Summary: Following Jesus means we recognize the royal nature of the one we serve. Yes, he has saved us. Yes, he loves us and wants us in his royal family. But yes, he is King of Kings, and we owe him our very lives. There is no other appropriate response.
Imagine the poor soul who enters eternity convinced that life was all about him, that she was the focus of the universe. What a shock to find that the Bible’s title for Jesus is accurate. He is King of Kings, Lord of Lords, and no pretend emperor will ever take his place.
There was a day when Jesus looked something like an earthly king. The crowds welcomed Jesus to Jerusalem with practices reserved only for royalty. They spread their cloaks on the ground, and waved politically-charged palm branches in the air. They sang songs of praise to Jesus as he majestically entered the city, and they had full expectations that political and military change was only a miracle away. We might not recognize the palm branch as a political symbol, but the Middle East certainly does. Today, modern Israeli currency posts a palm branch on … Read Matthew 21:6-16.
1. Fix your eyes upon the King of Kings, and not on yourself.
Steve Brown tells the frustrating story of some British social scientists. Following the end of British rule in India in the 1940's, a group of researchers wanted to study the impact of the end of British rule on the life of the nation. After six months, the British social scientists gave up, and went home. Though the British had been present in India since the 1600’s, many people in the villages of the country were not aware that the British had ever been there! Could it be that God himself has visited the world and people have lived and died without ever being aware of the event? We live in a world where the King has come but millions are totally unaware that He is present. (Brown is Professor of Preaching at Reformed Seminary, Orlando, FL)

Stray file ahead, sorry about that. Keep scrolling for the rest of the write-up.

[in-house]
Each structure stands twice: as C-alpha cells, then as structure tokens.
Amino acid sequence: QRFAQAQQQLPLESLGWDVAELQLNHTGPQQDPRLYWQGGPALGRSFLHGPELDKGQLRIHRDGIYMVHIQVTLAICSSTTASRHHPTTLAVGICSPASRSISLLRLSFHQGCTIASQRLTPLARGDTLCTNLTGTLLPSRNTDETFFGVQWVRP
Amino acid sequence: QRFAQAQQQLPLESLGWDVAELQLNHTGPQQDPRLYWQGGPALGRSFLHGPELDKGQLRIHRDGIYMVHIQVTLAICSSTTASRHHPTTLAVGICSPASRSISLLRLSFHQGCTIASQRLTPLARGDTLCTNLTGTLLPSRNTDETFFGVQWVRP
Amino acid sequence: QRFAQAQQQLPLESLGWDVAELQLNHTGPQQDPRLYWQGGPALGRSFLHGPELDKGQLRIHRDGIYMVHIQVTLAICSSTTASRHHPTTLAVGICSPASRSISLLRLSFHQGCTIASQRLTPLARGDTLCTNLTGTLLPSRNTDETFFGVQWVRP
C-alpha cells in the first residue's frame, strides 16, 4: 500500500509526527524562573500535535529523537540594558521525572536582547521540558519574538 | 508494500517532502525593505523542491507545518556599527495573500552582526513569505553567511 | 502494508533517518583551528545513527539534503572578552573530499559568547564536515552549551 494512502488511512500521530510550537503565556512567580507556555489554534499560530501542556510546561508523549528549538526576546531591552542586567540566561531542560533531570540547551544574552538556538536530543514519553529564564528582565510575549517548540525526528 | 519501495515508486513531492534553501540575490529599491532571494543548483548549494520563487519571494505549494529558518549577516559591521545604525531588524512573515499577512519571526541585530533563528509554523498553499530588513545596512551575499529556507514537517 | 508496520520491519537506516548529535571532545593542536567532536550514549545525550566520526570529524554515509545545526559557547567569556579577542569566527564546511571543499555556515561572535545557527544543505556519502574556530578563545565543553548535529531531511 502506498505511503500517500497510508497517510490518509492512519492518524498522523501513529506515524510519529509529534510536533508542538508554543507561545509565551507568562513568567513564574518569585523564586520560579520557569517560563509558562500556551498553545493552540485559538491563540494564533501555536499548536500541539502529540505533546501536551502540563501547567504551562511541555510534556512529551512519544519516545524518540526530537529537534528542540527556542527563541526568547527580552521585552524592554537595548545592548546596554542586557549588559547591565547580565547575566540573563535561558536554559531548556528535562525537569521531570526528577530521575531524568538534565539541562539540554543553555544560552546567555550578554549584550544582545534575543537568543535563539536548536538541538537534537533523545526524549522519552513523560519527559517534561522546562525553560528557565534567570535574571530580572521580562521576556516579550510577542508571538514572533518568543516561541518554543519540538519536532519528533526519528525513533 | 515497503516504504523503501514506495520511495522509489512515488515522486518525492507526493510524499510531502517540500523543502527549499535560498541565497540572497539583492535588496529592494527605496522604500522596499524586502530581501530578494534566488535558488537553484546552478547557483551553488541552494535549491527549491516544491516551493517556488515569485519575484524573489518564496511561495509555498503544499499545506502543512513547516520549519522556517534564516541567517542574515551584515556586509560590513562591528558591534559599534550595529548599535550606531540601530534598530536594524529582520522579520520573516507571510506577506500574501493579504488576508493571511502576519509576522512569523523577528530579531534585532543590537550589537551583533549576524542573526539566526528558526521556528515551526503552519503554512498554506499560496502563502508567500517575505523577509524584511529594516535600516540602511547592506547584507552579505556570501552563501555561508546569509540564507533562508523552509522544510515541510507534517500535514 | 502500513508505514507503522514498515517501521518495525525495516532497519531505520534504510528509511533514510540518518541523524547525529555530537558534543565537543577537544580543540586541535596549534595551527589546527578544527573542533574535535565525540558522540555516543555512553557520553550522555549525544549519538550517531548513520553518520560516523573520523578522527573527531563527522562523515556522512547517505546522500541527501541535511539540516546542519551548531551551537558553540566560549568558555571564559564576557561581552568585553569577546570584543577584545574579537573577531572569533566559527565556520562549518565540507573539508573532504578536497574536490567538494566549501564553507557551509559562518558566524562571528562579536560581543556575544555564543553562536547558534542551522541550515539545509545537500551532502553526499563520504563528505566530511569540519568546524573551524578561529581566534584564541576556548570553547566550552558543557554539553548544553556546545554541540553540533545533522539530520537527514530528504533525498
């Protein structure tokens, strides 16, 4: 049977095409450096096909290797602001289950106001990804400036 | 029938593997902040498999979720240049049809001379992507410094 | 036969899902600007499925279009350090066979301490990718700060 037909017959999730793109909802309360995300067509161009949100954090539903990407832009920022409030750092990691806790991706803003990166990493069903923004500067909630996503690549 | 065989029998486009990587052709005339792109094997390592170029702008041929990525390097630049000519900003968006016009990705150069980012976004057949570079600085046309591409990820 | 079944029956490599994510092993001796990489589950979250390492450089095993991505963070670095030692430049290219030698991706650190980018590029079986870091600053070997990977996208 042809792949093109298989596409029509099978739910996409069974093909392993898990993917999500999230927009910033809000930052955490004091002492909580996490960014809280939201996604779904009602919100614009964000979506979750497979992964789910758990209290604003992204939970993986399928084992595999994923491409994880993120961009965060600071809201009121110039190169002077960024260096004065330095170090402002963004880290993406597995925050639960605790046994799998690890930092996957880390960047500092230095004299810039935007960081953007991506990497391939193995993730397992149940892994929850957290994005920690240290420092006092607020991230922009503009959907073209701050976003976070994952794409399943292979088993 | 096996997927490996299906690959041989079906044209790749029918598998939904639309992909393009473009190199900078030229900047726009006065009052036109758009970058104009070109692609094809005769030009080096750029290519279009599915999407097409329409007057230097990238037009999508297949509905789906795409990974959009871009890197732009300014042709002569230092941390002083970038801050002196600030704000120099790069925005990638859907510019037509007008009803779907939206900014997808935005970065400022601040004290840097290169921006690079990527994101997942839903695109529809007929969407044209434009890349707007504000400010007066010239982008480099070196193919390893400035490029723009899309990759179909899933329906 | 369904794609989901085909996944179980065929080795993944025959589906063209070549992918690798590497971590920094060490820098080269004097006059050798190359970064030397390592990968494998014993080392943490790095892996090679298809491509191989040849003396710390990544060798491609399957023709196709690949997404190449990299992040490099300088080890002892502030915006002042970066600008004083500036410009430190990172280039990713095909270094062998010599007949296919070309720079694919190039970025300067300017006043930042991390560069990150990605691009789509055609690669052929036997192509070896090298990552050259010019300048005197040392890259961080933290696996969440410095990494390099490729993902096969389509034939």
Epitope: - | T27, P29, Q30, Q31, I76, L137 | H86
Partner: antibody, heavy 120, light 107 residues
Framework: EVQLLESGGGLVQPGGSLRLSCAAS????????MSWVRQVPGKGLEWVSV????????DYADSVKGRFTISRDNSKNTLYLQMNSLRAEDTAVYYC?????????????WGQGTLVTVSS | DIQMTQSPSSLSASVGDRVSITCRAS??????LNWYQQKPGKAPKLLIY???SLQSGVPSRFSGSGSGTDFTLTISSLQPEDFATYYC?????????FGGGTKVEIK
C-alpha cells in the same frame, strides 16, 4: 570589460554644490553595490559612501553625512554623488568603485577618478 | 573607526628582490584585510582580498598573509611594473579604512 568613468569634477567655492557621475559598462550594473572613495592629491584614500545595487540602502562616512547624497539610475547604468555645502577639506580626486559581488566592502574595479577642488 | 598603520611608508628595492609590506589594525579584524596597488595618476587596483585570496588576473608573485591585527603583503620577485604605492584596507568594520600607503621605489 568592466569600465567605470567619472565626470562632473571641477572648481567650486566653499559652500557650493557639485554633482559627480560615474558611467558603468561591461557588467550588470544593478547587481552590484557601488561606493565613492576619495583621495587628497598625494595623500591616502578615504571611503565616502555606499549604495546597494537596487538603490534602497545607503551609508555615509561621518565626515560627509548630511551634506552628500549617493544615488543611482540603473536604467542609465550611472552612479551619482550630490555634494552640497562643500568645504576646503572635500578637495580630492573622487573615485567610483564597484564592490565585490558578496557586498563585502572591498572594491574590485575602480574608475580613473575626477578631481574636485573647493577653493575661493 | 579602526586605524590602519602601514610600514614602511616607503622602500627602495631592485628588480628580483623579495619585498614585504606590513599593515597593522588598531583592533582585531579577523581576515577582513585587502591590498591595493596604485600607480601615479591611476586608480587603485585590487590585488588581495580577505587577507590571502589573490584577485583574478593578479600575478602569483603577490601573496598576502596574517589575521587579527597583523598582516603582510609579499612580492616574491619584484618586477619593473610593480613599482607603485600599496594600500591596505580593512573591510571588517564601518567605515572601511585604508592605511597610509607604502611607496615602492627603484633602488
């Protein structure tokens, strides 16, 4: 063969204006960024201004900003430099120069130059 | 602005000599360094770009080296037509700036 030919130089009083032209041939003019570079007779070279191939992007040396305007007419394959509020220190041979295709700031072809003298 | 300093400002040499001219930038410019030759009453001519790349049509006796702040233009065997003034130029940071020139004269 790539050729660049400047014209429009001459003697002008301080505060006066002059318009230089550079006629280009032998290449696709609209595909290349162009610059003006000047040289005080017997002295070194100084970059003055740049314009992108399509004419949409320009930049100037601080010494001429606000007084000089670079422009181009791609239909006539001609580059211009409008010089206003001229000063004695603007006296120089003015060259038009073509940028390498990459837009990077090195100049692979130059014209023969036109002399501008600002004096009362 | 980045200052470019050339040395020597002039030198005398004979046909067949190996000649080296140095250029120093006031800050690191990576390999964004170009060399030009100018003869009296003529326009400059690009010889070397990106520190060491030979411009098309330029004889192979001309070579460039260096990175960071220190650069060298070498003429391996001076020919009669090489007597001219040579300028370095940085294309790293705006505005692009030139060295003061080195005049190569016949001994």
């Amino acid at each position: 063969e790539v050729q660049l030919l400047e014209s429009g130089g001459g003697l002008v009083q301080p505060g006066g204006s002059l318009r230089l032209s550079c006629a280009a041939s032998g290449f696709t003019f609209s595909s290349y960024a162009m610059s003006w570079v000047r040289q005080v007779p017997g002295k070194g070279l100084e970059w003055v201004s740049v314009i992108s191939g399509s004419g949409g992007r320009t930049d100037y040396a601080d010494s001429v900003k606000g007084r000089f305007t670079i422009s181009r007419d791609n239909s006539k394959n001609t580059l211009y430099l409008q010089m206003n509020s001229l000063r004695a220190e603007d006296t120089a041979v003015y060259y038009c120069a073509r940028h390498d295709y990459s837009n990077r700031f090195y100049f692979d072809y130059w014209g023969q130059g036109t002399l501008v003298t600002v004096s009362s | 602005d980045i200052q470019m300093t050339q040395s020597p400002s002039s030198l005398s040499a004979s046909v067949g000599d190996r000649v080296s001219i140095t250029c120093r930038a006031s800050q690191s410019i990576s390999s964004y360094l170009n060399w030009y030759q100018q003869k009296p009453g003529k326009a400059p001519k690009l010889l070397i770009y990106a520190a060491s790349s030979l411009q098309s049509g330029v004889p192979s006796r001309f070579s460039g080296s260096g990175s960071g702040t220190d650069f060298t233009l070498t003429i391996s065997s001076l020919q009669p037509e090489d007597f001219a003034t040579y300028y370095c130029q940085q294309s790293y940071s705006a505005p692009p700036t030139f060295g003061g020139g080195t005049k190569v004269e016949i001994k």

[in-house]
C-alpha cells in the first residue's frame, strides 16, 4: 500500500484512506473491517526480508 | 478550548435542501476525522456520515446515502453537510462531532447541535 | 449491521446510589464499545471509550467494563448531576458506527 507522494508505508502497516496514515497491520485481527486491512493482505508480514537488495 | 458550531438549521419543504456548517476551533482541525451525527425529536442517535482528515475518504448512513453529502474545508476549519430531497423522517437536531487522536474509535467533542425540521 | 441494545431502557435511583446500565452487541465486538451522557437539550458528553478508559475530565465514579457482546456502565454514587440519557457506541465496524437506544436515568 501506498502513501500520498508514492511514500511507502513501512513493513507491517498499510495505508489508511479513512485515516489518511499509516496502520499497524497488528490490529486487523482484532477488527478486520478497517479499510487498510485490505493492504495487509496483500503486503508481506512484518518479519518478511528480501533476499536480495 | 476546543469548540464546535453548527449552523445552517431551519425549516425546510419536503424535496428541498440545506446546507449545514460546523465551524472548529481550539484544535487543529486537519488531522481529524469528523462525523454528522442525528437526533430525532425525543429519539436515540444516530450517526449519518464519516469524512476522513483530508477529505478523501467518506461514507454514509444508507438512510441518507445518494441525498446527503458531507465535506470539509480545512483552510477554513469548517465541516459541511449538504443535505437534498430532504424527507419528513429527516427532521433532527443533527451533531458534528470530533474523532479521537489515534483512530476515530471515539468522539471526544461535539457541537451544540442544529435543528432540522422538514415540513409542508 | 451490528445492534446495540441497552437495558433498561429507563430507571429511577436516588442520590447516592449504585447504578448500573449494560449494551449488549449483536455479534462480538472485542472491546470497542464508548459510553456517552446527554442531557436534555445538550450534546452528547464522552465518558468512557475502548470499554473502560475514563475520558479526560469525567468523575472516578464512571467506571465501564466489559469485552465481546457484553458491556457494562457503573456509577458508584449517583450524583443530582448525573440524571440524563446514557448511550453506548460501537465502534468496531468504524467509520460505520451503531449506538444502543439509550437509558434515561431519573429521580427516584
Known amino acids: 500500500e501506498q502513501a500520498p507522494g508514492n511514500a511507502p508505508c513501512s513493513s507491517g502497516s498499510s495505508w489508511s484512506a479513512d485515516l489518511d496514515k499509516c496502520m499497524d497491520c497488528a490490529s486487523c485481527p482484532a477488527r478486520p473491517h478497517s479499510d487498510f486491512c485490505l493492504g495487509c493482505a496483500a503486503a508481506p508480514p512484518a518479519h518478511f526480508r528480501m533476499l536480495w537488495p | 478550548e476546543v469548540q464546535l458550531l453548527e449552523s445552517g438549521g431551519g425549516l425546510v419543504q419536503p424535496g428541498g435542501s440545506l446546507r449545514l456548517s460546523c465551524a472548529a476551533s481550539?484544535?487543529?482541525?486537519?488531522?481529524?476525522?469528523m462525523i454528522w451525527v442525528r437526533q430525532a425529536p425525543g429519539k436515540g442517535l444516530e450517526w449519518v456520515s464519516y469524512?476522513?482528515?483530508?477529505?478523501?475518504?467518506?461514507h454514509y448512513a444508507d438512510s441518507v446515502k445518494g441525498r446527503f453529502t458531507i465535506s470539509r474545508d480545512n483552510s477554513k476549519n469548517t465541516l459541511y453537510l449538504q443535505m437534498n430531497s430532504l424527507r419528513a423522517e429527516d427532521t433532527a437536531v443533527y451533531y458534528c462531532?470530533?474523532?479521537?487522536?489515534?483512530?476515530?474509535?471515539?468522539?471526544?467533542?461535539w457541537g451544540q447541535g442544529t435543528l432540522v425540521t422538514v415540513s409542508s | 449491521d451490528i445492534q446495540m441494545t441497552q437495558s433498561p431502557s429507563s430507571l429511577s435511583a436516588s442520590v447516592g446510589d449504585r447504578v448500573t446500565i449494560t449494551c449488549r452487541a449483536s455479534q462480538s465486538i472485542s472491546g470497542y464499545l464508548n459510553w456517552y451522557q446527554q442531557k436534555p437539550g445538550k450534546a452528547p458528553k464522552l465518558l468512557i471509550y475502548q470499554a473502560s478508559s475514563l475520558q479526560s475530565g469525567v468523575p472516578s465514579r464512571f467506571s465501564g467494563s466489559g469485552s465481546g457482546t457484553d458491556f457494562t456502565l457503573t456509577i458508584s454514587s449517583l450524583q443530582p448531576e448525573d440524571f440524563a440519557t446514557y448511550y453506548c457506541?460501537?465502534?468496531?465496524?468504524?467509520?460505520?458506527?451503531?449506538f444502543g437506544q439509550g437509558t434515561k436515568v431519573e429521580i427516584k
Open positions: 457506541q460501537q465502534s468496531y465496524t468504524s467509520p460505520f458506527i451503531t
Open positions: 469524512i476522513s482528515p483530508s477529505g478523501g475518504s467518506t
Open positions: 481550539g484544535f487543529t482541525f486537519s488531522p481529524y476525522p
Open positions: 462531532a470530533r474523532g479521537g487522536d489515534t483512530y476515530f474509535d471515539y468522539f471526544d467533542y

The people singing Hosannas to Jesus knew they had their man. They welcomed Jesus like a rising military or political figure, and offered him their adoration. But when people were asked who Jesus was, they missed the mark. “He is a prophet from Nazareth,” they said. They were literally walking with the Son of God who had come to save the world, but they weren’t even aware of it.
Illustration: If George W. Bush comes to your community in the next few weeks, and you get a chance to introduce him, don’t introduce him as a former baseball team owner. Don’t stop with the introduction after you’ve mentioned his college days at Yale. If you somehow forget that your speaker is President of the United States, you’ll never introduce another person as long as you live. Your own mother would scold you for forgetting the most important information. But if President Bush comes to town, there won’t be any mistaking that he’s arrived. With all the security, and with the news media coverage, it would be incredibly difficult to forget the main point during your introduction.
The Son of God arrived for the climactic event of all history, and people got the introduction all wrong. Why? They had their eyes fixed on themselves, and not on Jesus. Some were tired of being ruled by the Romans, and Jesus appeared to be their ticket out of the occupation. Some were tired of a disability, or a disease. They saw Jesus as a miracle-working machine who would make life easier. Some were hungry, and they’d heard that Jesus could stretch food to miraculous proportions. Very few of the people coming down the mountain that day had any idea that God was working His greatest act of love right in front of their eyes.